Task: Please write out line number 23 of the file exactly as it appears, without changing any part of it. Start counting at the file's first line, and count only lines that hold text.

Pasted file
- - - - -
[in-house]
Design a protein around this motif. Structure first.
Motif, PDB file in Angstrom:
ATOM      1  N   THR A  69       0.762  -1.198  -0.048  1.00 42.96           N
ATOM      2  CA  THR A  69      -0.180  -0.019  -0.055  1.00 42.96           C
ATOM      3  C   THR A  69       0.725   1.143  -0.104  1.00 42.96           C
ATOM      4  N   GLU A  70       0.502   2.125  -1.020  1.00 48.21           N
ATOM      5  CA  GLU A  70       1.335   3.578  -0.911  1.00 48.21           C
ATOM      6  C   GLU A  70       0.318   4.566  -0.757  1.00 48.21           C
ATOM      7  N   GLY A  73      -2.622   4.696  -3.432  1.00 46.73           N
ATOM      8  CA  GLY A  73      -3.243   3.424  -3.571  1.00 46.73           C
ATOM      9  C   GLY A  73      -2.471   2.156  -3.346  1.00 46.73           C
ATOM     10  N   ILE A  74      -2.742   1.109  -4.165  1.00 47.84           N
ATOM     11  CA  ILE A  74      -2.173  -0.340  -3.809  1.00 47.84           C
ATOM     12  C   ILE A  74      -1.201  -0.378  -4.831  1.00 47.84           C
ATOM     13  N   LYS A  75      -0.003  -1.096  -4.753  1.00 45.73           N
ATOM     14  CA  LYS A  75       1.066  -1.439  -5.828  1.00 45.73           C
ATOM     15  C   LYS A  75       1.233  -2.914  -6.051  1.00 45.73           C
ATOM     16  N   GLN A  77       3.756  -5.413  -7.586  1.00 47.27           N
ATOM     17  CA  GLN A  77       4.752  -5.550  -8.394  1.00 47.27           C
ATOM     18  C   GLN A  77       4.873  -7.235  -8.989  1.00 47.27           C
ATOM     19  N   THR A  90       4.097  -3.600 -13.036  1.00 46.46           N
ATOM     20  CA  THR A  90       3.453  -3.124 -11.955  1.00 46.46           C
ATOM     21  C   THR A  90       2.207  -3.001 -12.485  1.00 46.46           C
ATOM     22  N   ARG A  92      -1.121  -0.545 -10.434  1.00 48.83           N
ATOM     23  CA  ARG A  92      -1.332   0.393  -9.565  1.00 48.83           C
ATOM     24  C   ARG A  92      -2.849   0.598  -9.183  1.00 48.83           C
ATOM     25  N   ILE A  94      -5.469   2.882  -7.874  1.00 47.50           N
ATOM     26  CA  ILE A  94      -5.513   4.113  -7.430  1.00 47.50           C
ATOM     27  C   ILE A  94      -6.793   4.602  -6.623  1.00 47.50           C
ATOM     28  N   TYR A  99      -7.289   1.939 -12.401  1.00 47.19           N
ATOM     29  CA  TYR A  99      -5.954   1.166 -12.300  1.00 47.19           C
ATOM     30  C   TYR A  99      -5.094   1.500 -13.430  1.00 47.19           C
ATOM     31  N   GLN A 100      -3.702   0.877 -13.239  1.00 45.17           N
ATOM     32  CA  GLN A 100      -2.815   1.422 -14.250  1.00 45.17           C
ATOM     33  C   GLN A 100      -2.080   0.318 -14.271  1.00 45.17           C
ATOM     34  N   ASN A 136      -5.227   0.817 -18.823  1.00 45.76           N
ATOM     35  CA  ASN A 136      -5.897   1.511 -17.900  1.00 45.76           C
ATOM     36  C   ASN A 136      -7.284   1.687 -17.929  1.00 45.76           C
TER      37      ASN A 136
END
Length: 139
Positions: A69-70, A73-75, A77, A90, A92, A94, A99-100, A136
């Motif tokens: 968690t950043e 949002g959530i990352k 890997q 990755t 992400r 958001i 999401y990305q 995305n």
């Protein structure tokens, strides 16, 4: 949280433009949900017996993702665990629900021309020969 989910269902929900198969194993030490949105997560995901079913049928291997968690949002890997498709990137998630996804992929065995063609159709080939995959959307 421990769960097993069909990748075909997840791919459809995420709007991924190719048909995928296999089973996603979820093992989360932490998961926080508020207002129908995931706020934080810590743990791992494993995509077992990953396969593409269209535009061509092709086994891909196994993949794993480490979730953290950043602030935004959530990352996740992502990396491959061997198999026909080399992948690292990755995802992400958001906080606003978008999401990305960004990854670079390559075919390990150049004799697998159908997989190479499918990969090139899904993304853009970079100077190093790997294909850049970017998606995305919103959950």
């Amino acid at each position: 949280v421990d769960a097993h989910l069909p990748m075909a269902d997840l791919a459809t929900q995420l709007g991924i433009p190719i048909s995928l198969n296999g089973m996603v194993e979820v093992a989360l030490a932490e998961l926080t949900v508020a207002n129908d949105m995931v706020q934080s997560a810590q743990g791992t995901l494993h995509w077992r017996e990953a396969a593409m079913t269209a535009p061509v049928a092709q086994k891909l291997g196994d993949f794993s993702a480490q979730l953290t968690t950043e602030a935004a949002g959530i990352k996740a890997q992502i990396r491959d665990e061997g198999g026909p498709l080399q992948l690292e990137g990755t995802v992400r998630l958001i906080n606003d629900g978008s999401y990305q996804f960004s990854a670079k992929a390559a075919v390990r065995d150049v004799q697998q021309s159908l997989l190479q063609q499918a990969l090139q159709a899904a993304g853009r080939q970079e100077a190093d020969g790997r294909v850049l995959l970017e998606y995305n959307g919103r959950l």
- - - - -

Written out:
ATOM     20  CA  THR A  90       3.453  -3.124 -11.955  1.00 46.46           C